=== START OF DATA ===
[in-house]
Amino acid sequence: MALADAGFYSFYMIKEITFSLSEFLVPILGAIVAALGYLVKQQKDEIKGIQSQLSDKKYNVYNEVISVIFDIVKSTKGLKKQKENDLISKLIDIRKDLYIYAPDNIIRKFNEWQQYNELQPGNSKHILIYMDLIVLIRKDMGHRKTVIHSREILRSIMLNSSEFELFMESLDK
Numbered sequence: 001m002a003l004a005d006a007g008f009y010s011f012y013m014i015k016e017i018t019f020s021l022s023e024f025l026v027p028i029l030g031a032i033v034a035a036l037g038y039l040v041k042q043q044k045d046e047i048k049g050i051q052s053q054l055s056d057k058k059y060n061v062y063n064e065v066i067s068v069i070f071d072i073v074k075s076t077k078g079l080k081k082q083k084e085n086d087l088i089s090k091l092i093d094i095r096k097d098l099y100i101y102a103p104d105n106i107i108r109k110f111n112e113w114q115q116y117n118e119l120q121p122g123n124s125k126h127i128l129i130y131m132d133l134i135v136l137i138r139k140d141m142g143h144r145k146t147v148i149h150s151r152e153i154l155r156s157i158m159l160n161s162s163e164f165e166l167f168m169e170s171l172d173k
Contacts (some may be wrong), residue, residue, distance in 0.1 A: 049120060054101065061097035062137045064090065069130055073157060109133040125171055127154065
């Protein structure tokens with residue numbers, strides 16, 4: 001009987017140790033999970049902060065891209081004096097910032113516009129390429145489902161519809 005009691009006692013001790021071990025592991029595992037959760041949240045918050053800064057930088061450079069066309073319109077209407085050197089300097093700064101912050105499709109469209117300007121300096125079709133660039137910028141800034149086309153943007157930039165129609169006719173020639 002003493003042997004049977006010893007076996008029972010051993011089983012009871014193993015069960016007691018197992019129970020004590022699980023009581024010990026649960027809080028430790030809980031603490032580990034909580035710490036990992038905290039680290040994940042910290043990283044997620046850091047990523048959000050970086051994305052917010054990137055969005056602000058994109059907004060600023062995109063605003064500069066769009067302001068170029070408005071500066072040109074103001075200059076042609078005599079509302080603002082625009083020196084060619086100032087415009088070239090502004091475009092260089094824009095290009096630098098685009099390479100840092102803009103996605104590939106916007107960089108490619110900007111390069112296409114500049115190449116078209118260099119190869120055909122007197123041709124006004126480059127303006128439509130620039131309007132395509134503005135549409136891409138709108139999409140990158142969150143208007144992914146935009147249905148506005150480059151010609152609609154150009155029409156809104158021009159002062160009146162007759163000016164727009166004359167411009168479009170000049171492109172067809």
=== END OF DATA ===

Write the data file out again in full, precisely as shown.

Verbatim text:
[in-house]
Amino acid sequence: MALADAGFYSFYMIKEITFSLSEFLVPILGAIVAALGYLVKQQKDEIKGIQSQLSDKKYNVYNEVISVIFDIVKSTKGLKKQKENDLISKLIDIRKDLYIYAPDNIIRKFNEWQQYNELQPGNSKHILIYMDLIVLIRKDMGHRKTVIHSREILRSIMLNSSEFELFMESLDK
Numbered sequence: 001m002a003l004a005d006a007g008f009y010s011f012y013m014i015k016e017i018t019f020s021l022s023e024f025l026v027p028i029l030g031a032i033v034a035a036l037g038y039l040v041k042q043q044k045d046e047i048k049g050i051q052s053q054l055s056d057k058k059y060n061v062y063n064e065v066i067s068v069i070f071d072i073v074k075s076t077k078g079l080k081k082q083k084e085n086d087l088i089s090k091l092i093d094i095r096k097d098l099y100i101y102a103p104d105n106i107i108r109k110f111n112e113w114q115q116y117n118e119l120q121p122g123n124s125k126h127i128l129i130y131m132d133l134i135v136l137i138r139k140d141m142g143h144r145k146t147v148i149h150s151r152e153i154l155r156s157i158m159l160n161s162s163e164f165e166l167f168m169e170s171l172d173k
Contacts (some may be wrong), residue, residue, distance in 0.1 A: 049120060054101065061097035062137045064090065069130055073157060109133040125171055127154065
């Protein structure tokens with residue numbers, strides 16, 4: 001009987017140790033999970049902060065891209081004096097910032113516009129390429145489902161519809 005009691009006692013001790021071990025592991029595992037959760041949240045918050053800064057930088061450079069066309073319109077209407085050197089300097093700064101912050105499709109469209117300007121300096125079709133660039137910028141800034149086309153943007157930039165129609169006719173020639 002003493003042997004049977006010893007076996008029972010051993011089983012009871014193993015069960016007691018197992019129970020004590022699980023009581024010990026649960027809080028430790030809980031603490032580990034909580035710490036990992038905290039680290040994940042910290043990283044997620046850091047990523048959000050970086051994305052917010054990137055969005056602000058994109059907004060600023062995109063605003064500069066769009067302001068170029070408005071500066072040109074103001075200059076042609078005599079509302080603002082625009083020196084060619086100032087415009088070239090502004091475009092260089094824009095290009096630098098685009099390479100840092102803009103996605104590939106916007107960089108490619110900007111390069112296409114500049115190449116078209118260099119190869120055909122007197123041709124006004126480059127303006128439509130620039131309007132395509134503005135549409136891409138709108139999409140990158142969150143208007144992914146935009147249905148506005150480059151010609152609609154150009155029409156809104158021009159002062160009146162007759163000016164727009166004359167411009168479009170000049171492109172067809």